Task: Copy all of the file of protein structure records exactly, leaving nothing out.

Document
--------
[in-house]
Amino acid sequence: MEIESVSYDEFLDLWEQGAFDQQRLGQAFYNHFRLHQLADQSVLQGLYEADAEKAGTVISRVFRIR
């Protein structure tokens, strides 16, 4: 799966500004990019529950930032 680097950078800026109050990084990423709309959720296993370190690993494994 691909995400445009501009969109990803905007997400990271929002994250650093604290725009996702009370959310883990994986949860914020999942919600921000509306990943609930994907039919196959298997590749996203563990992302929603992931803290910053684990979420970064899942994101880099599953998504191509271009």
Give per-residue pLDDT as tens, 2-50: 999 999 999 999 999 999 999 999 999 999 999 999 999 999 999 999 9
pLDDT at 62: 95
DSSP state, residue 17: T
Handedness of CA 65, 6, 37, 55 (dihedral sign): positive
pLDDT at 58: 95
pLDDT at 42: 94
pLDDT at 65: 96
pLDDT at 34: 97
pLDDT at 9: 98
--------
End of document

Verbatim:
[in-house]
Amino acid sequence: MEIESVSYDEFLDLWEQGAFDQQRLGQAFYNHFRLHQLADQSVLQGLYEADAEKAGTVISRVFRIR
């Protein structure tokens, strides 16, 4: 799966500004990019529950930032 680097950078800026109050990084990423709309959720296993370190690993494994 691909995400445009501009969109990803905007997400990271929002994250650093604290725009996702009370959310883990994986949860914020999942919600921000509306990943609930994907039919196959298997590749996203563990992302929603992931803290910053684990979420970064899942994101880099599953998504191509271009």
Give per-residue pLDDT as tens, 2-50: 999 999 999 999 999 999 999 999 999 999 999 999 999 999 999 999 9
pLDDT at 62: 95
DSSP state, residue 17: T
Handedness of CA 65, 6, 37, 55 (dihedral sign): positive
pLDDT at 58: 95
pLDDT at 42: 94
pLDDT at 65: 96
pLDDT at 34: 97
pLDDT at 9: 98